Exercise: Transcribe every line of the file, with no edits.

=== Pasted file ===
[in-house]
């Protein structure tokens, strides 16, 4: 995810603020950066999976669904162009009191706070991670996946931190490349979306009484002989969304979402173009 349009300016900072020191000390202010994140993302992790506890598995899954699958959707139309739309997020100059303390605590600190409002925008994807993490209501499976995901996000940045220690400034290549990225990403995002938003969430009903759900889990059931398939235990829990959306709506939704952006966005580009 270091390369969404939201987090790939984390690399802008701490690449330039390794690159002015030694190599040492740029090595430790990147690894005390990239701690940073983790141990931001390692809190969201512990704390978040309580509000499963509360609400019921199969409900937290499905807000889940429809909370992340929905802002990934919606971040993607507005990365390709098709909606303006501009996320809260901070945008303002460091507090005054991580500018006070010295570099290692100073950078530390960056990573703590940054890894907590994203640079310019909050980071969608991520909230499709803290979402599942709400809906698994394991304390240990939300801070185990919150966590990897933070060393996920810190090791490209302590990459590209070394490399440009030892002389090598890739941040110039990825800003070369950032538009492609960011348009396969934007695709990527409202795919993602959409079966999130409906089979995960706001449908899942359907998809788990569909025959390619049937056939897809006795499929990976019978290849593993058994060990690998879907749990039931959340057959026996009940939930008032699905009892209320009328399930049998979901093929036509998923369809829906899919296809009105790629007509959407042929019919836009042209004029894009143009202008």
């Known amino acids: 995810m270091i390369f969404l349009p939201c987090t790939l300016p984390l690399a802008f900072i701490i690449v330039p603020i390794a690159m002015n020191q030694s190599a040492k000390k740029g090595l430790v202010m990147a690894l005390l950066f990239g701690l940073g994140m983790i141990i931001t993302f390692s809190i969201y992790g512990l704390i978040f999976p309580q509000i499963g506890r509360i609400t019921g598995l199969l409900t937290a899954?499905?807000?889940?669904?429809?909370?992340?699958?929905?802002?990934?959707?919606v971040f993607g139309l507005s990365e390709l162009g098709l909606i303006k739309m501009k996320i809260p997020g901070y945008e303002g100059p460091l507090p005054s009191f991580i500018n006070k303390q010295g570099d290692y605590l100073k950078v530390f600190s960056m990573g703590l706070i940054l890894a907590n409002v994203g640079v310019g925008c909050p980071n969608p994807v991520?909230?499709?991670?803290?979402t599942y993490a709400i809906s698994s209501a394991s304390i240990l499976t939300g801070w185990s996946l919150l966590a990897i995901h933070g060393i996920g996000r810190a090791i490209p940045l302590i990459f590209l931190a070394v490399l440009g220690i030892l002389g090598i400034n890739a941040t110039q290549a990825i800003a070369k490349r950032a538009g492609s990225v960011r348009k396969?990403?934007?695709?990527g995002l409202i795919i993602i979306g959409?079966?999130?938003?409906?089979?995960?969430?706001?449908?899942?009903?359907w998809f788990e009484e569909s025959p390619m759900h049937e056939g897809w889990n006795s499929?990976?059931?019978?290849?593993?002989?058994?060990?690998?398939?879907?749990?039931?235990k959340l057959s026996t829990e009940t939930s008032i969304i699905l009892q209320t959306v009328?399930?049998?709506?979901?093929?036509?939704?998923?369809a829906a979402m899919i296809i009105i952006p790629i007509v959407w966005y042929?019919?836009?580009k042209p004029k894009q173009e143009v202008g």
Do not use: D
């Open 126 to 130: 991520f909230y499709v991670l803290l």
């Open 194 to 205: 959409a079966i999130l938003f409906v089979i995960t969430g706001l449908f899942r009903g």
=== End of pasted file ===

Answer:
[in-house]
């Protein structure tokens, strides 16, 4: 995810603020950066999976669904162009009191706070991670996946931190490349979306009484002989969304979402173009 349009300016900072020191000390202010994140993302992790506890598995899954699958959707139309739309997020100059303390605590600190409002925008994807993490209501499976995901996000940045220690400034290549990225990403995002938003969430009903759900889990059931398939235990829990959306709506939704952006966005580009 270091390369969404939201987090790939984390690399802008701490690449330039390794690159002015030694190599040492740029090595430790990147690894005390990239701690940073983790141990931001390692809190969201512990704390978040309580509000499963509360609400019921199969409900937290499905807000889940429809909370992340929905802002990934919606971040993607507005990365390709098709909606303006501009996320809260901070945008303002460091507090005054991580500018006070010295570099290692100073950078530390960056990573703590940054890894907590994203640079310019909050980071969608991520909230499709803290979402599942709400809906698994394991304390240990939300801070185990919150966590990897933070060393996920810190090791490209302590990459590209070394490399440009030892002389090598890739941040110039990825800003070369950032538009492609960011348009396969934007695709990527409202795919993602959409079966999130409906089979995960706001449908899942359907998809788990569909025959390619049937056939897809006795499929990976019978290849593993058994060990690998879907749990039931959340057959026996009940939930008032699905009892209320009328399930049998979901093929036509998923369809829906899919296809009105790629007509959407042929019919836009042209004029894009143009202008």
């Known amino acids: 995810m270091i390369f969404l349009p939201c987090t790939l300016p984390l690399a802008f900072i701490i690449v330039p603020i390794a690159m002015n020191q030694s190599a040492k000390k740029g090595l430790v202010m990147a690894l005390l950066f990239g701690l940073g994140m983790i141990i931001t993302f390692s809190i969201y992790g512990l704390i978040f999976p309580q509000i499963g506890r509360i609400t019921g598995l199969l409900t937290a899954?499905?807000?889940?669904?429809?909370?992340?699958?929905?802002?990934?959707?919606v971040f993607g139309l507005s990365e390709l162009g098709l909606i303006k739309m501009k996320i809260p997020g901070y945008e303002g100059p460091l507090p005054s009191f991580i500018n006070k303390q010295g570099d290692y605590l100073k950078v530390f600190s960056m990573g703590l706070i940054l890894a907590n409002v994203g640079v310019g925008c909050p980071n969608p994807v991520?909230?499709?991670?803290?979402t599942y993490a709400i809906s698994s209501a394991s304390i240990l499976t939300g801070w185990s996946l919150l966590a990897i995901h933070g060393i996920g996000r810190a090791i490209p940045l302590i990459f590209l931190a070394v490399l440009g220690i030892l002389g090598i400034n890739a941040t110039q290549a990825i800003a070369k490349r950032a538009g492609s990225v960011r348009k396969?990403?934007?695709?990527g995002l409202i795919i993602i979306g959409?079966?999130?938003?409906?089979?995960?969430?706001?449908?899942?009903?359907w998809f788990e009484e569909s025959p390619m759900h049937e056939g897809w889990n006795s499929?990976?059931?019978?290849?593993?002989?058994?060990?690998?398939?879907?749990?039931?235990k959340l057959s026996t829990e009940t939930s008032i969304i699905l009892q209320t959306v009328?399930?049998?709506?979901?093929?036509?939704?998923?369809a829906a979402m899919i296809i009105i952006p790629i007509v959407w966005y042929?019919?836009?580009k042209p004029k894009q173009e143009v202008g």
Do not use: D
């Open 126 to 130: 991520f909230y499709v991670l803290l």
């Open 194 to 205: 959409a079966i999130l938003f409906v089979i995960t969430g706001l449908f899942r009903g």